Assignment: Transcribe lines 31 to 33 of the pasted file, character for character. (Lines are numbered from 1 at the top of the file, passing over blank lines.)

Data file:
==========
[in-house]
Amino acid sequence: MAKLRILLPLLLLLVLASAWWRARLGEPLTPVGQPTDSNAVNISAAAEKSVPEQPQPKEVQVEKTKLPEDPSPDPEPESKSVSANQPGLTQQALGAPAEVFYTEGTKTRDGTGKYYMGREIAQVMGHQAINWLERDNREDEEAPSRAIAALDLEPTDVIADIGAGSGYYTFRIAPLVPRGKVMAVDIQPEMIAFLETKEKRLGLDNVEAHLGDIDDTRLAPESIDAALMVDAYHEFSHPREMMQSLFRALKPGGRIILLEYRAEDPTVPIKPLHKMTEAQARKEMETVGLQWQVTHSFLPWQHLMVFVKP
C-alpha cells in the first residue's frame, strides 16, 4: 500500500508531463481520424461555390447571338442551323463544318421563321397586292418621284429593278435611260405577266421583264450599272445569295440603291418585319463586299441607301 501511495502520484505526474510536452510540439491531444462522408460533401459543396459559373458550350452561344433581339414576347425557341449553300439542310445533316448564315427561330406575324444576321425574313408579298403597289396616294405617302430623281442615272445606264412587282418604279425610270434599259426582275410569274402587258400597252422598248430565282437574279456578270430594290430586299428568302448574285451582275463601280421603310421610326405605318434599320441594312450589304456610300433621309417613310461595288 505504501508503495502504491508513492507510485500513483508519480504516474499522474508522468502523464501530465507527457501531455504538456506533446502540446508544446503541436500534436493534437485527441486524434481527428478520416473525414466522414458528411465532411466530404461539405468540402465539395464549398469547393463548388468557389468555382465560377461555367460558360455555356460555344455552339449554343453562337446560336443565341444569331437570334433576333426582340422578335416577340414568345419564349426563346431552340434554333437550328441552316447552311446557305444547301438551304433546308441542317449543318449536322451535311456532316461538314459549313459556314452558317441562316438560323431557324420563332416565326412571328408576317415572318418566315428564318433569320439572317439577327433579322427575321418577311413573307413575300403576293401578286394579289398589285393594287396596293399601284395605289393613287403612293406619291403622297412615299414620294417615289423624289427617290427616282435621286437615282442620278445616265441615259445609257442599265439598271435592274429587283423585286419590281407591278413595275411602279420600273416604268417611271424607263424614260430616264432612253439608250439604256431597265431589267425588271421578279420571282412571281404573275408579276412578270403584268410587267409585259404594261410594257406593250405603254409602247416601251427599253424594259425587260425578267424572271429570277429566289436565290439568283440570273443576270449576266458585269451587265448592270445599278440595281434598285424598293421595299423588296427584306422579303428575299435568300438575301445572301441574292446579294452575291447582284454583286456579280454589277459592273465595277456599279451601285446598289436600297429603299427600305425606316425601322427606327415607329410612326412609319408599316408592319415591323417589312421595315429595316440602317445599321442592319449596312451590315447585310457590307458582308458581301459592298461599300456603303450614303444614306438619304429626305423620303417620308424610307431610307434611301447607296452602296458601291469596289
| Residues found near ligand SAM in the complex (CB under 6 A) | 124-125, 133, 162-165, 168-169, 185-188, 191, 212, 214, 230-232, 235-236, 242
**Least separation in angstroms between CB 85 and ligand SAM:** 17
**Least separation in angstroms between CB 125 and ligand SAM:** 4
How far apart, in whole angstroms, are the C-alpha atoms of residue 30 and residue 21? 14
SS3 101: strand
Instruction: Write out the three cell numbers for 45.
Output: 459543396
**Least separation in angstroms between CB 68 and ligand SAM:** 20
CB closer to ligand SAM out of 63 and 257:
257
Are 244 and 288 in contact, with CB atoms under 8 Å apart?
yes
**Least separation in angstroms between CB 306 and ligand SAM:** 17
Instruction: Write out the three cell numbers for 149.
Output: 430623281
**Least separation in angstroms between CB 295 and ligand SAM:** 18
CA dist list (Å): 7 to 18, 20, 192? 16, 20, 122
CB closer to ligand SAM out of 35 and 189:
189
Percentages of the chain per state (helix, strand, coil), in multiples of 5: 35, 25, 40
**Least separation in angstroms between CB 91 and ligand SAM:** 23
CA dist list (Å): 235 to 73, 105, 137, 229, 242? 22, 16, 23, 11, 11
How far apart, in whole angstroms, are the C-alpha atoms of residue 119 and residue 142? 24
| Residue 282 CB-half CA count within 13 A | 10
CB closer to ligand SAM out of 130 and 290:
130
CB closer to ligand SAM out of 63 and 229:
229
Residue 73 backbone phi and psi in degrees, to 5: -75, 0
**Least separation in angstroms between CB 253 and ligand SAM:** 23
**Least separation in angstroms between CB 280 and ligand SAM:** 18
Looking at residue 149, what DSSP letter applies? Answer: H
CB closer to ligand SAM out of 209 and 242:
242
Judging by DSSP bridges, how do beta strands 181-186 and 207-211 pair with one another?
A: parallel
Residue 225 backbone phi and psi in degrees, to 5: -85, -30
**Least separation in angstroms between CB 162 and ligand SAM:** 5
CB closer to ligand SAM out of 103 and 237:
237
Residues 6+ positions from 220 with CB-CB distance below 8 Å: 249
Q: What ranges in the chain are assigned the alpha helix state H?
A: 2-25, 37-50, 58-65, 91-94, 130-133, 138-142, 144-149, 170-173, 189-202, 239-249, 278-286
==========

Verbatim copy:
229
Residue 73 backbone phi and psi in degrees, to 5: -75, 0
**Least separation in angstroms between CB 253 and ligand SAM:** 23